REPORT: Fox's Month Of Inaccurate Minimum Wage CoverageAugust 2, 2013 10:19 AM EDT ››› CHARLIE RAFKIN
Majority Of Fox's July Reports On Minimum Wage Argued Wage Hikes Lead To Job Losses
A Majority Of Fox News' July Coverage Of The Minimum Wage Claimed Wage Hikes Increased Unemployment. A Media Matters count of Fox News segments covering the minimum wage during the month of July determined that 24 out of 37 segments -- 65 percent -- included the myth that increasing the minimum wage would cause job losses.
Only One Fox News Segment Acknowledged That Minimum Wage Raises Do Not Cause Unemployment. Only one segment, or just under three percent of Fox News' coverage, acknowledged the fact that minimum wage hikes are not correlated with unemployment.
68 Percent Of Fox News' Segments Focused On D.C.'s Effort To Enact A Living Wage. Twenty-five of the 37 segments concerning the minimum wage focused on the D.C. Large Retailer Accountability Act, a pending D.C. City Council bill to enact a living wage of $12.50 per hour for employees at big box retailers with annual incomes of at least $1 billion.
Of Those Segments, 72 Percent Claimed D.C.'s Living Wage Bill Would Lead To Job Losses. Eighteen of Fox's 25 segments discussing the D.C. Large Retailer Accountability Act claimed that the bill would increase unemployment.
Economic Studies Conclude Minimum Wage Increases Do Not Raise Unemployment Rates
CEPR Economist: Increasing The Minimum Wage Has "No Discernible Effect On Employment." In a Center for Economy and Policy Research report titled "Why Does the Minimum Wage Have No Discernible Effect on Employment?" senior economist John Schmitt determined that there is "little or no employment response to modest increases in the minimum wage." According to Schmitt, extensive research revealed that raising the minimum requirement has little or no statistically significant effects on employment at all. [Center for Economic and Policy Research, February 2013]
IRLE Experts: "No Employment Effects Of Minimum Wage Increases." A 2010 Institute for Research on Labor and Employment study determined that minimum wage increases do not lower employment rates. The authors explained:
[O]ur results explain the sometimes conflicting results in the existing minimum wage literature. For the range of minimum wage increases over the past several decades, methodologies using local comparisons provide more reliable estimates by controlling for heterogeneity in employment growth. These estimates suggest no detectable employment losses from the kind of minimum wage increases we have seen in the United States. Our analysis highlights the importance of accounting for such heterogeneity in future work on this topic. [Institute for Research on Labor and Employment, November 2010]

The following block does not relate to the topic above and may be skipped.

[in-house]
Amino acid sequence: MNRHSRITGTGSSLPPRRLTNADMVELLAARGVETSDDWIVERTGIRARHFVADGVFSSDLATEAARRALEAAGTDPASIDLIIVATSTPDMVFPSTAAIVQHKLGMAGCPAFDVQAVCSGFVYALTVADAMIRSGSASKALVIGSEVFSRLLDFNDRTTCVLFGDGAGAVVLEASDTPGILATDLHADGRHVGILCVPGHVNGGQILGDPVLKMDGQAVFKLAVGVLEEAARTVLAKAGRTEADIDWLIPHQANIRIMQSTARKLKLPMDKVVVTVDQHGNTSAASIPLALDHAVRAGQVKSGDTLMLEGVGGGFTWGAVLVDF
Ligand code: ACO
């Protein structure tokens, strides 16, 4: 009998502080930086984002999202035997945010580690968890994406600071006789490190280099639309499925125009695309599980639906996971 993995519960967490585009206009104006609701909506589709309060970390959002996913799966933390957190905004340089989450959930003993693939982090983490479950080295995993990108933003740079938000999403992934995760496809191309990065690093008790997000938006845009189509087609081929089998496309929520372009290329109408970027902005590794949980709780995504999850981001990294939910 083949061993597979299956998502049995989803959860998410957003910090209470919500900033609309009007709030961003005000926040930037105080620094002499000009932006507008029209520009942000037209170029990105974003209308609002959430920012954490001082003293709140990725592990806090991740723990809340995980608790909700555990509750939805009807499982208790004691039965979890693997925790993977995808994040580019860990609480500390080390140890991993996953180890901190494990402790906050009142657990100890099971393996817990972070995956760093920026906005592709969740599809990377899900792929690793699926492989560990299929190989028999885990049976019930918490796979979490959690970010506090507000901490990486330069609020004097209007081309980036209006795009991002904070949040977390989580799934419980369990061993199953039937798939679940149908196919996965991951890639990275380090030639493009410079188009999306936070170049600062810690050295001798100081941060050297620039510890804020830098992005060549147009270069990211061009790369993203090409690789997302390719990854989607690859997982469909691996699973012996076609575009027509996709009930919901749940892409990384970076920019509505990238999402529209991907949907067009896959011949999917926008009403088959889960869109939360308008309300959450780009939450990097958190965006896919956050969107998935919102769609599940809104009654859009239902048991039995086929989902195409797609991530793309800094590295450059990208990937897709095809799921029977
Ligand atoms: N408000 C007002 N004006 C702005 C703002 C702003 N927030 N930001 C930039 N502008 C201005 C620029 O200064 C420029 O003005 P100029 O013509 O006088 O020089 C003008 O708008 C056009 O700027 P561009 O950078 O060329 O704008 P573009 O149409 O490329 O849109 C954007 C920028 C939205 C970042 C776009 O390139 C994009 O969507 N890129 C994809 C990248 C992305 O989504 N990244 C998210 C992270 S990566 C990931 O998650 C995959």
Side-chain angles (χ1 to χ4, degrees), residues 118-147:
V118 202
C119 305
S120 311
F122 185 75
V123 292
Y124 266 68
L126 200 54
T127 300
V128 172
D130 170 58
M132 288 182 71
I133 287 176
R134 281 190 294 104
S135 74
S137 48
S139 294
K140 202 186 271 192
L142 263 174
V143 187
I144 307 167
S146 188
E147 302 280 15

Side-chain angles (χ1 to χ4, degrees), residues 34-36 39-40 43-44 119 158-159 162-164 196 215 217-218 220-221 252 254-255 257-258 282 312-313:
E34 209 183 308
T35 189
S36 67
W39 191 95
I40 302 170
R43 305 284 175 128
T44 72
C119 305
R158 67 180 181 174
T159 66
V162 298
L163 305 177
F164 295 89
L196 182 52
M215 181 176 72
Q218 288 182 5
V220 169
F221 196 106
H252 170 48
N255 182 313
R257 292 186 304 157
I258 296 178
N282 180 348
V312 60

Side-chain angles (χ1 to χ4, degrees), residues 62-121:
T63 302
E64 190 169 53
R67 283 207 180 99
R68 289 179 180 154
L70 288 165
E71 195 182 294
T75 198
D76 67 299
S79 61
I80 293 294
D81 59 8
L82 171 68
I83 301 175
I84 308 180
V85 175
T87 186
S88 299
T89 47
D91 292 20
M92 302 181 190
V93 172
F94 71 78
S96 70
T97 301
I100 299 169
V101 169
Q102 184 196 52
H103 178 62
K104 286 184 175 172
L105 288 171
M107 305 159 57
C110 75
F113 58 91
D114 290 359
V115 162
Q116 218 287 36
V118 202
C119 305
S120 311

EPI: More Than 650 Economists Agree That "Modest Increases In The Minimum Wage Have Had Very Little Or No Effect On Employment." More than 650 economists -- including Nobel Laureates and former presidents of the American Economics Association -- signed a statement affirming that increasing the minimum wage would have little or no effect on employment but would improve workers' well-being:
We believe that a modest increase in the minimum wage would improve the well-being of low-wage workers and would not have the adverse effects that critics have claimed. In particular, we share the view the Council of Economic Advisors expressed in the 1999 Economic Report of the President that "the weight of the evidence suggests that modest increases in the minimum wage have had very little or no effect on employment." While controversy about the precise employment effects of the minimum wage continues, research has shown that most of the beneficiaries are adults, most are female, and the vast majority are members of low-income working families. [Economic Policy Institute, 2006]
The D.C. Living Wage Would Help Low-Income Workers Without Threatening Employment
D.C. Workers Require A High Minimum Wage Because Of D.C.'s High Cost Of Living. According to the MIT Living Wage Calculator, which uses 2012 data to scale hourly wages to living expenses, the hourly wage that supports one adult in D.C. is $13.68 -- over five dollars higher than the city's current minimum wage. According to MIT, an adult requires a pre-tax annual income of $28,454 to live in D.C., yet a person who works 40 hours for the entire 52 weeks a year at D.C.'s current minimum wage of $8.25 earns only $17,160 annually. [The Living Wage Calculator, accessed 7/30/13]